Iran Deal will survive, as administration secures 34th vote in Senate

The Iran Deal is a done deal. At least as long as a Democrat holds the White House.

Senator Barbara Mikulski made it official this morning when she became the 34th senator to come out in favor of the deal. Said Mikulski:

Iran Deal negotiations, via Wikimedia Commons

Iran Deal negotiations, via Wikimedia Commons

No deal is perfect, especially one negotiated with the Iranian regime. I have concluded that this Joint Comprehensive Plan of Action is the best option available to block Iran from having a nuclear bomb…For these reasons, I will vote in favor of this deal. However, Congress must also reaffirm our commitment to the safety and security of Israel.

That Senator Mikulski is the 34th, decisive vote is a big deal, as she has a staunchly pro-Israel record, bolstering the administration’s case that opposition to the deal is purely political instead of substantive. Now that passage is secured, other Senators whose support would have been more politically difficult — public opinion on the deal is highly volatile, depending on how the questions are framed — are now free to voice their support. At this rate, the administration could conceivably muster forty votes in the Senate, which would prevent a resolution of disapproval from even making it to President Obama’s desk. Thus far, only two Democratic senators — Chuck Schumer and Bob Menendez — have said they will opposed the deal.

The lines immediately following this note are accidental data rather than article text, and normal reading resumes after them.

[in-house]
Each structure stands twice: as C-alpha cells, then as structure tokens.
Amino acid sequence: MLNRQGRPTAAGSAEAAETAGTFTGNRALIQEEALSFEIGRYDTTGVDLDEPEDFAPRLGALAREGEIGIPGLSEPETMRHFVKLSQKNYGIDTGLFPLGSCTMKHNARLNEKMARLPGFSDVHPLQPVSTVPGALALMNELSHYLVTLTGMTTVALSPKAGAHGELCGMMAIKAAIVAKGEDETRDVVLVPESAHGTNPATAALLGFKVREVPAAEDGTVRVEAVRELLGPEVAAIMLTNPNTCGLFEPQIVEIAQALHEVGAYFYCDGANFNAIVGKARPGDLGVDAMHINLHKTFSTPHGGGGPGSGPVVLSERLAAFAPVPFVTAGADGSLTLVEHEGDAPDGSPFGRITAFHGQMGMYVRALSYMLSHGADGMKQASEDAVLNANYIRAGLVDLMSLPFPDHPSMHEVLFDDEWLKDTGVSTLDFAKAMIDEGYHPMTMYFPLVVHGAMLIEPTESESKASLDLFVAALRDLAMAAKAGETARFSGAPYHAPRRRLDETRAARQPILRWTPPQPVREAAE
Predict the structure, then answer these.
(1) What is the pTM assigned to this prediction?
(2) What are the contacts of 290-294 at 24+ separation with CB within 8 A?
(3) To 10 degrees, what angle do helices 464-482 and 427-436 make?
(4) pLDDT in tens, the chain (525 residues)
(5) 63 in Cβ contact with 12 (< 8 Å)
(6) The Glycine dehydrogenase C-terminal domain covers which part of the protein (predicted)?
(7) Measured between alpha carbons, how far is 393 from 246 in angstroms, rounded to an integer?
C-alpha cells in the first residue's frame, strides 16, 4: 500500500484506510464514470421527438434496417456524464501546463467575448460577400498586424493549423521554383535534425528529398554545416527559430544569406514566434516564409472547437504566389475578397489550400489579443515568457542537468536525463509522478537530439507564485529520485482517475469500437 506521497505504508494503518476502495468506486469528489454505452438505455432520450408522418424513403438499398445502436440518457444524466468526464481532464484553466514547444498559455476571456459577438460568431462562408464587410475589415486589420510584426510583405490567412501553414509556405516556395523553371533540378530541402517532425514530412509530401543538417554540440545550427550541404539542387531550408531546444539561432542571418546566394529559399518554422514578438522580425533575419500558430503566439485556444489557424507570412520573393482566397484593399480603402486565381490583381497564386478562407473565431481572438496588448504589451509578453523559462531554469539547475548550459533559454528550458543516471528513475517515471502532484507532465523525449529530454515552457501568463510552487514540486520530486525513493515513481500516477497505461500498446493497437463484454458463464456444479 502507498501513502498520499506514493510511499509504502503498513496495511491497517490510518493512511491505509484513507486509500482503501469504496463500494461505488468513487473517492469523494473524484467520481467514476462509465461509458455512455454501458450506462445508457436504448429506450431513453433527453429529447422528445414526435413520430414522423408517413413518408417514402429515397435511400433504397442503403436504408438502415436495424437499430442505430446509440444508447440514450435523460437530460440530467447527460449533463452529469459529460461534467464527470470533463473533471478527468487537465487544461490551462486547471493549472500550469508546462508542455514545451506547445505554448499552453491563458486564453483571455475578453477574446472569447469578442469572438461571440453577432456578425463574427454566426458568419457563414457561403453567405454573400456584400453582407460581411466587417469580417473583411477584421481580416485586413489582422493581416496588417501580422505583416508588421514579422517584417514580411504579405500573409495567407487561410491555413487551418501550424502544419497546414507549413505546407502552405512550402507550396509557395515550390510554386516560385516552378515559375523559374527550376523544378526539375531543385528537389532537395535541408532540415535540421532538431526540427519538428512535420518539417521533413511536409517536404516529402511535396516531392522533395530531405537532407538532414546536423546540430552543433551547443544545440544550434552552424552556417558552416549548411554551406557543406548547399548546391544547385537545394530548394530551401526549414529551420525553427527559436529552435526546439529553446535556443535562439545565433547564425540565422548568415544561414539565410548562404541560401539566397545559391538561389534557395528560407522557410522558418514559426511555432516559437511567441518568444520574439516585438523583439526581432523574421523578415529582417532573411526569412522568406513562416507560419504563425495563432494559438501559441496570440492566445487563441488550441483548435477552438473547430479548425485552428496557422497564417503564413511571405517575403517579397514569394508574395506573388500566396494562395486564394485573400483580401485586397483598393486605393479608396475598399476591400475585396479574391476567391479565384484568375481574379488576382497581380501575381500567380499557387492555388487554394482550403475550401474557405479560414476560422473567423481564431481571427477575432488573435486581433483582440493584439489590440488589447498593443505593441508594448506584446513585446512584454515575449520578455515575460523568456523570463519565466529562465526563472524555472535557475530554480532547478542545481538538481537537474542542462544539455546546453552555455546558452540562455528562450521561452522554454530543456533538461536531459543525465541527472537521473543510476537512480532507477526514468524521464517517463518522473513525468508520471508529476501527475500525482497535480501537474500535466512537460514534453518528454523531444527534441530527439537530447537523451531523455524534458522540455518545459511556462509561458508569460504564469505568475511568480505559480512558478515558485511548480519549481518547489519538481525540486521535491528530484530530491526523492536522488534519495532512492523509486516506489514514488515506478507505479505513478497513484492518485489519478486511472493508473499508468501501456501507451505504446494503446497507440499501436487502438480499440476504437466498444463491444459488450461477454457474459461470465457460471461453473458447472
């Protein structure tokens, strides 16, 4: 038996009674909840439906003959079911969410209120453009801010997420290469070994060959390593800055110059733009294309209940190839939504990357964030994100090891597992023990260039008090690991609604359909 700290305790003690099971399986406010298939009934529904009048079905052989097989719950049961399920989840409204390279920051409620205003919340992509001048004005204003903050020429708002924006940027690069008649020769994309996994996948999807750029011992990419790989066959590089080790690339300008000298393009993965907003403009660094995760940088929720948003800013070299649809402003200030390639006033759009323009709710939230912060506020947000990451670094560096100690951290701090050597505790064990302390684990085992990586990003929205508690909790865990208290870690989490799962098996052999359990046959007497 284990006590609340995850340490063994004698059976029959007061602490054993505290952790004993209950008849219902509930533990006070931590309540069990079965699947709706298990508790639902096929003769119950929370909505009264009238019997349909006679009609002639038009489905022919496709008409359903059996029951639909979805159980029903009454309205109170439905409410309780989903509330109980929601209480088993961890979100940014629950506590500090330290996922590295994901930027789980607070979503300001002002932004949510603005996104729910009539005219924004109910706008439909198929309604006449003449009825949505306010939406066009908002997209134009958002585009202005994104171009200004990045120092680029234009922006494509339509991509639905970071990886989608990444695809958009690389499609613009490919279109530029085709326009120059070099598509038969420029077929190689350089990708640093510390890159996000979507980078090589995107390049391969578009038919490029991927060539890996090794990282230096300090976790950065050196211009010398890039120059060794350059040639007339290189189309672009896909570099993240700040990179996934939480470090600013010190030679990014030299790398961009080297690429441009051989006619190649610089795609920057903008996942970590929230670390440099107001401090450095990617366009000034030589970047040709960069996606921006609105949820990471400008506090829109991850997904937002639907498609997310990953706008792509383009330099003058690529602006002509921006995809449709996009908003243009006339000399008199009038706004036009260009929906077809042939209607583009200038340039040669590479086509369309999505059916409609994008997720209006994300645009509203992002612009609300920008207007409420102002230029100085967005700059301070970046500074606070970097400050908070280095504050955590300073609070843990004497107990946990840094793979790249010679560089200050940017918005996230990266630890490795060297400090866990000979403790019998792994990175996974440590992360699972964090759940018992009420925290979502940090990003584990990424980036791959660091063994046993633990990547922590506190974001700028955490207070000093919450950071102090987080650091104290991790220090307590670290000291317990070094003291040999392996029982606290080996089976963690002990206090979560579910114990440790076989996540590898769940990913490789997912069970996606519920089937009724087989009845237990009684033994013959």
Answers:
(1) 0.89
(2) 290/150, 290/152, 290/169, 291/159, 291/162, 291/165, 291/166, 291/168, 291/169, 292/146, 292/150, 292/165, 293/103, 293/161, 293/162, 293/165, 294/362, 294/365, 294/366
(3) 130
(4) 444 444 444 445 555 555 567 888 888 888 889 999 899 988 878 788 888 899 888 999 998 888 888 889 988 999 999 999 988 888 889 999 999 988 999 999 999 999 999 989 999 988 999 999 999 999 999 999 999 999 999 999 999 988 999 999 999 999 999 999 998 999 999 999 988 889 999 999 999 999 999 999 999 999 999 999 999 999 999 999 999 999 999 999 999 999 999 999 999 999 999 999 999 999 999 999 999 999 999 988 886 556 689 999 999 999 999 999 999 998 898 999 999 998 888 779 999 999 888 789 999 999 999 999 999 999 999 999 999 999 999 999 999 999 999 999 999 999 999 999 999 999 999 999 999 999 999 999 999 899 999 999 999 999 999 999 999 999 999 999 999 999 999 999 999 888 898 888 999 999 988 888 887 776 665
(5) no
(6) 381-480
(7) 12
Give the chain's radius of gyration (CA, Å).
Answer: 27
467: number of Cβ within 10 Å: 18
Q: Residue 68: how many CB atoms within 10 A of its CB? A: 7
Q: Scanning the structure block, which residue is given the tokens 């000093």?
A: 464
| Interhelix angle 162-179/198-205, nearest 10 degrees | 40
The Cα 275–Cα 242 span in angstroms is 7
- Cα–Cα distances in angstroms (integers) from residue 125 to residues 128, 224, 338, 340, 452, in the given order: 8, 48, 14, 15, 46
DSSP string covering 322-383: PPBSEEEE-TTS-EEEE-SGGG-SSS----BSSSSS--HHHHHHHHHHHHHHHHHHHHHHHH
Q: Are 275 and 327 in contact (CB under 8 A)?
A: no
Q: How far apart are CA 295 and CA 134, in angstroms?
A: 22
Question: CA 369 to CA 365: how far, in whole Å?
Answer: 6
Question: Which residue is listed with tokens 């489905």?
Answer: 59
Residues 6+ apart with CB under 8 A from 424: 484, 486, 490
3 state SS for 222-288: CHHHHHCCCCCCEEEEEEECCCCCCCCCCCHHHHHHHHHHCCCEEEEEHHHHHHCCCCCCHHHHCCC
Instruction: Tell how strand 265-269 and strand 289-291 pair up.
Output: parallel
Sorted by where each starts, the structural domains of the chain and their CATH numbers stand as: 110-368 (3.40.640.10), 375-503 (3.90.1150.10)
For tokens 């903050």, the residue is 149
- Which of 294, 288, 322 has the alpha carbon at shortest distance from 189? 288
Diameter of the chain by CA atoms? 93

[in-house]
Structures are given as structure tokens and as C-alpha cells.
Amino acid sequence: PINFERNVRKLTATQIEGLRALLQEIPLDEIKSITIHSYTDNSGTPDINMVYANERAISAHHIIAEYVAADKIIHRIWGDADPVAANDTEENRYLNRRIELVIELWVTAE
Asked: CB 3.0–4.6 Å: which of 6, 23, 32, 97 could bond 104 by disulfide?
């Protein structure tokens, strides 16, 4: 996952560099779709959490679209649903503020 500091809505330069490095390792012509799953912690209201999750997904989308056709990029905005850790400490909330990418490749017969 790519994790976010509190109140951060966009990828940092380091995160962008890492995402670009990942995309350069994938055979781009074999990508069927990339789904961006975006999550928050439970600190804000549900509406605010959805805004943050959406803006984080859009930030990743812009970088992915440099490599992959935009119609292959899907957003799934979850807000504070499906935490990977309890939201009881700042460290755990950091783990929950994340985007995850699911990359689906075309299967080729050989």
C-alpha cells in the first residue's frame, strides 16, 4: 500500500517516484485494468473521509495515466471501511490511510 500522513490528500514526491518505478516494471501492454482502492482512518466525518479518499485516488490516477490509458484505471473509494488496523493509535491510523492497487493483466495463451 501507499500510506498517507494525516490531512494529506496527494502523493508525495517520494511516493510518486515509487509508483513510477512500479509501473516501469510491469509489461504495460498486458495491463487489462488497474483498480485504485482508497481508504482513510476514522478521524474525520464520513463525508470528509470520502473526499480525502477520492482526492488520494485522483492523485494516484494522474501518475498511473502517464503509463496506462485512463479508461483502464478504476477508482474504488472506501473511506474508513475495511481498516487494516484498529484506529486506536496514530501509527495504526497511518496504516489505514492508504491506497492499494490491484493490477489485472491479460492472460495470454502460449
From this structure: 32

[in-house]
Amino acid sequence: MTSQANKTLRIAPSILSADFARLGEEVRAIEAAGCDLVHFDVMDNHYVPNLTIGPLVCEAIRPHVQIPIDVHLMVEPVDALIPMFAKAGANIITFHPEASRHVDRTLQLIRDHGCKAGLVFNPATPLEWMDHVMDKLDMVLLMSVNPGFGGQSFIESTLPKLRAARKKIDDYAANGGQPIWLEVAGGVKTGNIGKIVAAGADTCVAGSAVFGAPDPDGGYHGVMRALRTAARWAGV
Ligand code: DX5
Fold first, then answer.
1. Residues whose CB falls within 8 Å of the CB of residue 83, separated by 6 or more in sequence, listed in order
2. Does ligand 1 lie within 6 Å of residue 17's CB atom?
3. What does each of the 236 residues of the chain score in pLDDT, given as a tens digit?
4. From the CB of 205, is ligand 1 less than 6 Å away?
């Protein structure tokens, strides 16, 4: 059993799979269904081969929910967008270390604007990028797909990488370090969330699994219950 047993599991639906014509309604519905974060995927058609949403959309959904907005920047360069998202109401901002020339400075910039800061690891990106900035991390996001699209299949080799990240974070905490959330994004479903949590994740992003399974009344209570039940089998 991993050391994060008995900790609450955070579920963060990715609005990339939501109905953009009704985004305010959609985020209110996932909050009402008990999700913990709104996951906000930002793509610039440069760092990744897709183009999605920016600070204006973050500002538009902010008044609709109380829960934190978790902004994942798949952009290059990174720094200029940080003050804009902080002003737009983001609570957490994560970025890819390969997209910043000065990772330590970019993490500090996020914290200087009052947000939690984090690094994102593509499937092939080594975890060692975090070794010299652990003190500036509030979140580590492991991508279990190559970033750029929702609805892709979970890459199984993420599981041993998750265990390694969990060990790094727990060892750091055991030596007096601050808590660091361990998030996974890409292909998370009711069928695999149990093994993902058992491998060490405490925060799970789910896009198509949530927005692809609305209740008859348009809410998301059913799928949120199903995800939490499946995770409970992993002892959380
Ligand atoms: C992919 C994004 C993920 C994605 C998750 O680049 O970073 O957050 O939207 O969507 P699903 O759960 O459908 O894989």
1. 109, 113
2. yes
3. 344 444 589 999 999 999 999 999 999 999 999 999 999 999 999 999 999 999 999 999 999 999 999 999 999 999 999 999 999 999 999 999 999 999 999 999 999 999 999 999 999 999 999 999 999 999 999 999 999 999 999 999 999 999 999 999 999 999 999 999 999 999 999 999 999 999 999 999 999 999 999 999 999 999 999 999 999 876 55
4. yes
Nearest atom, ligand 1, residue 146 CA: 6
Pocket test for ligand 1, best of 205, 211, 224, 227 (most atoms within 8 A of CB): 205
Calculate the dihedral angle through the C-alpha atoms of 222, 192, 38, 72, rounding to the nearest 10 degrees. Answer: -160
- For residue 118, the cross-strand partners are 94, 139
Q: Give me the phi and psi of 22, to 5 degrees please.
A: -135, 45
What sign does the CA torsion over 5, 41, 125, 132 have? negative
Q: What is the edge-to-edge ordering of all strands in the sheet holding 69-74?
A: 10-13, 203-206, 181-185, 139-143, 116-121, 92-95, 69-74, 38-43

Securing the passage of the Iran Deal is a major win for the Obama administration, and a rebuke neoconservative foreign policy. The basic framework behind the deal — lifting of harsh economic sanctions in exchange for a long-term freeze on Iran’s nuclear program, backed by a rigorous inspection regime — is widely held as the best, if not only, alternative to an eventual war with the country.

By phasing out the freeze between years ten and fifteen, the deal also represents a big bet on the part of the West that, between now and then, the large and growing Iranian middle class will decide that they like economic growth more than they hate Israel. A big bet, yes, but not an unreasonable one.

And again, the choice is between war being very likely in the near future and war being less likely in the distant future; that’s a no-brainer.

Jon Green graduated from Kenyon College with a B.A. in Political Science and high honors in Political Cognition. He worked as a field organizer for Congressman Tom Perriello in 2010 and a Regional Field Director for President Obama's re-election campaign in 2012. Jon writes on a number of topics, but pays especially close attention to elections, religion and political cognition. Follow him on Twitter at @_Jon_Green, and on Google+. .

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